With another Labor Day and, in essence, another summer gone by, millions of Americans are recalling that bad sunburn in July . . . and that second one in August.

Soon, a stick-on strip may help you save your skin. So say the makers of a sunburn "radar" device that could be on the U.S. market by next summer.

The sun gauge looks just like a Band-Aid and is as easy to apply. The idea would be to stick the plastic waterproof strip on a patch of exposed skin, particularly if you haven't soaked up any rays for a while.

The middle of the strip contains a sealed, nontoxic chemical that turns blue after a specific amount of ultraviolet radiation, the minimum erythemal dose, or MED. That's the amount of ultraviolet rays the skin can take before burning. The blue signal would be a warning to roll over or cover up.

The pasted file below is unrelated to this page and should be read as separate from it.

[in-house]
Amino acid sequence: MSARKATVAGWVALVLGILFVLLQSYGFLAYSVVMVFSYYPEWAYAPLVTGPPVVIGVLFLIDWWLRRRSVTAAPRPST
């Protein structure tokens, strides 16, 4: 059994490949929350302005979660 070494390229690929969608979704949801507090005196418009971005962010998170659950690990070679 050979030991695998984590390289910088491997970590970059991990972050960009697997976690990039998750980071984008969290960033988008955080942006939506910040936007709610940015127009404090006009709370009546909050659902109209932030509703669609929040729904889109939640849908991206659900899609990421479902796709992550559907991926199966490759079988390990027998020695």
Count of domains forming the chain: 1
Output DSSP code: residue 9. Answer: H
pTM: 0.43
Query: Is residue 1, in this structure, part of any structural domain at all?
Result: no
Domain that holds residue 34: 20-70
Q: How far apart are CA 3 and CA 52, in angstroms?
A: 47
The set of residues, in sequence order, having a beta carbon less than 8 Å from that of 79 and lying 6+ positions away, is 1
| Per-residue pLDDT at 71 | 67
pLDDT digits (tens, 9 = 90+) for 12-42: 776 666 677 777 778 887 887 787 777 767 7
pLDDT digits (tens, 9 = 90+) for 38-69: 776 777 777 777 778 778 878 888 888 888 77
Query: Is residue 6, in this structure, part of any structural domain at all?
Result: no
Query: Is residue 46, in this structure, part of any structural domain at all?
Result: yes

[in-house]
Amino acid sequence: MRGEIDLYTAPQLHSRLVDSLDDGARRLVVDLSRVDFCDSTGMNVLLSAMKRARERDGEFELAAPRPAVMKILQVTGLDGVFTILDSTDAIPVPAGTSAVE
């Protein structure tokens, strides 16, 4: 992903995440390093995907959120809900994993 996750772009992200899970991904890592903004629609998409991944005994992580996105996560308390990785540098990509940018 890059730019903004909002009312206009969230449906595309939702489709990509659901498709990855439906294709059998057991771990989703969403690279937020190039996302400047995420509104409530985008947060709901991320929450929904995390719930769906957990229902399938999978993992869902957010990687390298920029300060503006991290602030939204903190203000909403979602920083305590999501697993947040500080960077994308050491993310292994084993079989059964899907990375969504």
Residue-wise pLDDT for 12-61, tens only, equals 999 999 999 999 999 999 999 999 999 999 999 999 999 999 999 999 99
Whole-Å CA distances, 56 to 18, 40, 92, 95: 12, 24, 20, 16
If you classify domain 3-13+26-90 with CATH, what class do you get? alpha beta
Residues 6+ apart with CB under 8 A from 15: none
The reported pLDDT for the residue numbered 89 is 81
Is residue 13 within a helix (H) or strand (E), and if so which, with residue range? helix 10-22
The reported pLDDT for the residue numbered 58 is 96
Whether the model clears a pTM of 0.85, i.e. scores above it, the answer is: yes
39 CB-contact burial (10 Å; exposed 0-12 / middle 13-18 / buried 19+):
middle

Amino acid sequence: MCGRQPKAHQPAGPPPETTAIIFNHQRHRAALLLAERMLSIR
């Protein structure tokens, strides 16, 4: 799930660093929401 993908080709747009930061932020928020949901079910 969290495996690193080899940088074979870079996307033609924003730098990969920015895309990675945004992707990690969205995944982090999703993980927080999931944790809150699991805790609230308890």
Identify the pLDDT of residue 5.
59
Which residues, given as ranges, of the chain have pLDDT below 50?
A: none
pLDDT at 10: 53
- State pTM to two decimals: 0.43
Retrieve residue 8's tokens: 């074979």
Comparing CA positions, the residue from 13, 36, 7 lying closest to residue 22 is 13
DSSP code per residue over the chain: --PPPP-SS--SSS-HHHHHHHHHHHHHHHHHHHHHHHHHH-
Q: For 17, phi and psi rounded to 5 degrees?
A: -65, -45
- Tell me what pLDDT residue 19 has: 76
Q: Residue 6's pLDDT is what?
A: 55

The strip was devised in Australia, where the incidence of skin cancer is the highest in the world. The developer, Soltec Research, has been making popular suntan lotions for a decade. A Soltec spokesman says the product is the first such gauge to be stick-on, disposable and inexpensive. He says the strip is well past the testing stage and the manufacturing process is being ironed out. The plan is to have the device on the shelves by the time summer hits Down Under -- in November -- then target the United States and Europe. Soltec says government approvals are unnecessary because the product is not therapeutic and the chemical never touches the skin.

Like Band-Aids, the strips would be sold in bulk, with different sensitivities for different skin types. Mum's the word on the trade name.

Should it come to pass, a reminder: The strip is merely a warning, to be used with adequate sunscreen and common sense.